As the eclipse plunges the world into darkness on Friday, two other spectacular celestial events will be taking place, too: a supermoon and the spring equinox.
A supermoon, or perigee moon, happens when the full or new moon does its closest fly-by of the Earth, making it look bigger than it normally does, The Independent reports.
The spring equinox is the time of year when day and night are of equal duration. It marks the in-between point of the year’s shortest and longest days.
The solar eclipse is a phenomenon that happens when the sun and the moon line up, so that the moon obscures the look of the sun. While the eclipse won’t be effected by the other two events, the three events are rare even when occurring individually.
There are usually between three and six supermoons per year. There are six supposedly happening in 2015, two of which have already occurred. The next will take place on March 20, the day of the eclipse. The rest come in August, September and October.
Eclipses can only happen at a new moon, when the moon appears to be entirely shadowed, according to The Independent.
The incredible images of supermoons you normally see can only happen when the moon is full, though.
As a result, only the last three supermoons of this year will be visible — because the moon is new rather than full on March 20, it won’t be seen. However, it will be gliding past us closer than ever, and its shadow will be visible as it blocks out the sun on Friday morning.
The equinox is also happening on March 20. While it won’t have a discernible impact on how the solar eclipse looks, it’s certainly a part of a rare collision of the three unusual celestial events.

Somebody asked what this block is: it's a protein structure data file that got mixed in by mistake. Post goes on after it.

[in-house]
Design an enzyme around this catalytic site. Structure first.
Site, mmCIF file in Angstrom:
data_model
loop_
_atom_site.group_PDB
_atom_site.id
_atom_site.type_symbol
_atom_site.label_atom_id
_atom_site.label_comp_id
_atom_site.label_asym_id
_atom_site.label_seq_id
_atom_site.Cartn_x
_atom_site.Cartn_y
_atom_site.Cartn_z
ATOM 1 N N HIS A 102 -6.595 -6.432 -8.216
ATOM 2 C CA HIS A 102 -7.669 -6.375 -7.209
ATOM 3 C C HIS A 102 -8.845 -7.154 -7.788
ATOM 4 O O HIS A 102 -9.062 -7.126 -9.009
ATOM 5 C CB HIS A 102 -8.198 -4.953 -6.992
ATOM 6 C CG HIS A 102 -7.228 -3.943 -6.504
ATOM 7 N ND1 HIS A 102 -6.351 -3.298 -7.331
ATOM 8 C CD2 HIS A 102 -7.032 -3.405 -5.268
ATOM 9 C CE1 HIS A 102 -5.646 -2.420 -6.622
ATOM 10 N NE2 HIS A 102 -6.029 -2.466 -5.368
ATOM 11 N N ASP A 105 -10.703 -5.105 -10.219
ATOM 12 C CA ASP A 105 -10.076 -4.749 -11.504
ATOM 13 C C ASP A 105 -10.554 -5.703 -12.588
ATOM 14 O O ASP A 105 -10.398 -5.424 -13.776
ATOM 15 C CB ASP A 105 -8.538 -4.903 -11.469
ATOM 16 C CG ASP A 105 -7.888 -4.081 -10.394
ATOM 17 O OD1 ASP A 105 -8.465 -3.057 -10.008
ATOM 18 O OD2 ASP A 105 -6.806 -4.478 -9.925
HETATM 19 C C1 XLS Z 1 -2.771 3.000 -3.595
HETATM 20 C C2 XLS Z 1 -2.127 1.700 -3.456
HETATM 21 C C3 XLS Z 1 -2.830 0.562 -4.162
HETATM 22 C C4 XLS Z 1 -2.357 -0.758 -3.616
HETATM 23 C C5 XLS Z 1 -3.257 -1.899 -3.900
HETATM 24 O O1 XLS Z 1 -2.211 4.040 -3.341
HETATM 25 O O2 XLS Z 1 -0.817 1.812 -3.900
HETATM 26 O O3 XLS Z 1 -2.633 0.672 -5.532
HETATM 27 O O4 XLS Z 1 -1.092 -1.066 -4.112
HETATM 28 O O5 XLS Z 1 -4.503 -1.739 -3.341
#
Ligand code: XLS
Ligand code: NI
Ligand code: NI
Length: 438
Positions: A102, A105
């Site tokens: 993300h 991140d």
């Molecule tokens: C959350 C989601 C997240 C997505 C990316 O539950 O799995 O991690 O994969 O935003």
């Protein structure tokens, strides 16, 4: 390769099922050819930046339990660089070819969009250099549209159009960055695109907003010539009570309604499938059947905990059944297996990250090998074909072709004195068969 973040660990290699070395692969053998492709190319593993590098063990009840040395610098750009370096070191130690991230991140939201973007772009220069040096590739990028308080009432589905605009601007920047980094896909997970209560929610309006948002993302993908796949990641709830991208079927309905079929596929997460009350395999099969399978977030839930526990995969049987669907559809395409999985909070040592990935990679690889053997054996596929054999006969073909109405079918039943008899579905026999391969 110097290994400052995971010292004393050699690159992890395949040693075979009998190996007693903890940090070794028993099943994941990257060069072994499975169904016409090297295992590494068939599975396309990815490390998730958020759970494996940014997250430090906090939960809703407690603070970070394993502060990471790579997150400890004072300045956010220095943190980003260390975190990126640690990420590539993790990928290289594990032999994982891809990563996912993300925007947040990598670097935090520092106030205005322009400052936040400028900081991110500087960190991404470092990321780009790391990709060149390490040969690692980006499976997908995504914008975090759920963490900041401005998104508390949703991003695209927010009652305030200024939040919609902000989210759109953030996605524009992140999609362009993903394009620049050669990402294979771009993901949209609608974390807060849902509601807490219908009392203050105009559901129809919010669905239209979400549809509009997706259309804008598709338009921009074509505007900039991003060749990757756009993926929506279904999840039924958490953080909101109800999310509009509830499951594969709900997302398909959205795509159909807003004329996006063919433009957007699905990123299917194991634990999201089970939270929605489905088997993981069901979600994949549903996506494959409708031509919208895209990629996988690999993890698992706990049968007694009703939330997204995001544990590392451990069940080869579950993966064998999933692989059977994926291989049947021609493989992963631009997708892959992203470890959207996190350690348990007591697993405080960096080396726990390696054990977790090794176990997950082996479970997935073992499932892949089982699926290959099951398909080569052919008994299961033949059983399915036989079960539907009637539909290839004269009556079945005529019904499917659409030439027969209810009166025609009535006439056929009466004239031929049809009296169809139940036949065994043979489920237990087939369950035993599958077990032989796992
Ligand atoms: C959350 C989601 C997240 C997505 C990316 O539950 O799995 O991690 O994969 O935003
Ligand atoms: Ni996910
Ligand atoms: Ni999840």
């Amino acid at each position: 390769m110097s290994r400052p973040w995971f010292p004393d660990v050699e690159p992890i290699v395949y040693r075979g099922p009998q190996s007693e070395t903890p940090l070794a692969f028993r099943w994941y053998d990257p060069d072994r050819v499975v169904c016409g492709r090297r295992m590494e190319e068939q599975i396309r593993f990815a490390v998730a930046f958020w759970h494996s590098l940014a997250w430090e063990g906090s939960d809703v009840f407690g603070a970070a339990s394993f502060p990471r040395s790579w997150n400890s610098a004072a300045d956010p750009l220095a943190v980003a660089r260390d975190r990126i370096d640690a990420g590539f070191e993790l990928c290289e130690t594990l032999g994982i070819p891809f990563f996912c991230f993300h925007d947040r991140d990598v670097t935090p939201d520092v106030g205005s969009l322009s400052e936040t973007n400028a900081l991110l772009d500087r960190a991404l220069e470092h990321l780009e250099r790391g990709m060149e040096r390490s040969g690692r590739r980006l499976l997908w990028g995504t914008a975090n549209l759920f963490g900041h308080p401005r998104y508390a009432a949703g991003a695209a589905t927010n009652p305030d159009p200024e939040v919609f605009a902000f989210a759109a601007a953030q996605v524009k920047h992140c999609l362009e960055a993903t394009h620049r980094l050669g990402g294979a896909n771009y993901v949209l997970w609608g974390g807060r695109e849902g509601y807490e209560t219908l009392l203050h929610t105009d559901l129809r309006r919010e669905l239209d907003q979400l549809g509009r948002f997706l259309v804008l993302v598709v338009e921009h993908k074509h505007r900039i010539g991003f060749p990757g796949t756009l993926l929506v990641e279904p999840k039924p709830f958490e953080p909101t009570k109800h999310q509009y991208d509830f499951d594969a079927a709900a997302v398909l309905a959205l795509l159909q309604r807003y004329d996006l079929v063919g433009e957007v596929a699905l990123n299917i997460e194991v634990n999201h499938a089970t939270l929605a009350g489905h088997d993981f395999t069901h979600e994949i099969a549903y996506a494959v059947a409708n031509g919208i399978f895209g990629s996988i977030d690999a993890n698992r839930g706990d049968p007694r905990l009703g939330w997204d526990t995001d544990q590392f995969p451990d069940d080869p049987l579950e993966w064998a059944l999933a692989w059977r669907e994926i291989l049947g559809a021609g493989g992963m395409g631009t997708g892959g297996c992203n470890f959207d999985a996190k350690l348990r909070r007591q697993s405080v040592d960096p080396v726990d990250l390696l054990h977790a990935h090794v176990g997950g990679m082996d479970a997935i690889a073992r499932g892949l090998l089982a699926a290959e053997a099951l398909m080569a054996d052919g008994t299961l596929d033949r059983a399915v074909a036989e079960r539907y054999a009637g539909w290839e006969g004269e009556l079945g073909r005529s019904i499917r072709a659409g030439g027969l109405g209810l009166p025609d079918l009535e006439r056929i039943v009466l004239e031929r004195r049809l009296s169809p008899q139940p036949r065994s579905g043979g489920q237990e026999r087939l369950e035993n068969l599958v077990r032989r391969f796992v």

On March 20, the Earth’s axis will be perpendicular to the sun’s rays, which only happens twice a year at each of the two equinoxes. After that, earth will continue moving, making for longer days in the northern hemisphere.
Because of the symbolism, the equinox has long been celebrated as a new chapter or renewal. It’s also linked to Easter and Passover, The Independent reports.
The equinox will happen at the same time as a solar eclipse in 2053 and 2072, though it doesn’t always appear as close together as that.
So how can you see Friday’s eclipse?
“The dark umbral shadow cone of the moon will trace a curved path primarily over the North Atlantic and Arctic Oceans, beginning off the southern tip of Greenland and then winding its way counterclockwise to the northeast, passing between Iceland and the United Kingdom.”
The eclipse is scheduled to start just after 3:30 a.m. (EDT) Friday. EclipseWise has a map of eclipse times in the Atlantic so you can pinpoint when and where to look out.
If you don’t have the chance to see the solar eclipse in person, you can catch it live online. The online Slooh Community Observatory will broadcast live views of the solar eclipse through its website Slooh.com, beginning at 4:30 a.m. (EDT).
WARNING: If you’re in the eclipse zone, be very careful. Never look directly at the sun without special safety equipment; permanent and serious eye damage could result. You can build a pinhole camera or solar projector with binoculars to safely observe the eclipse.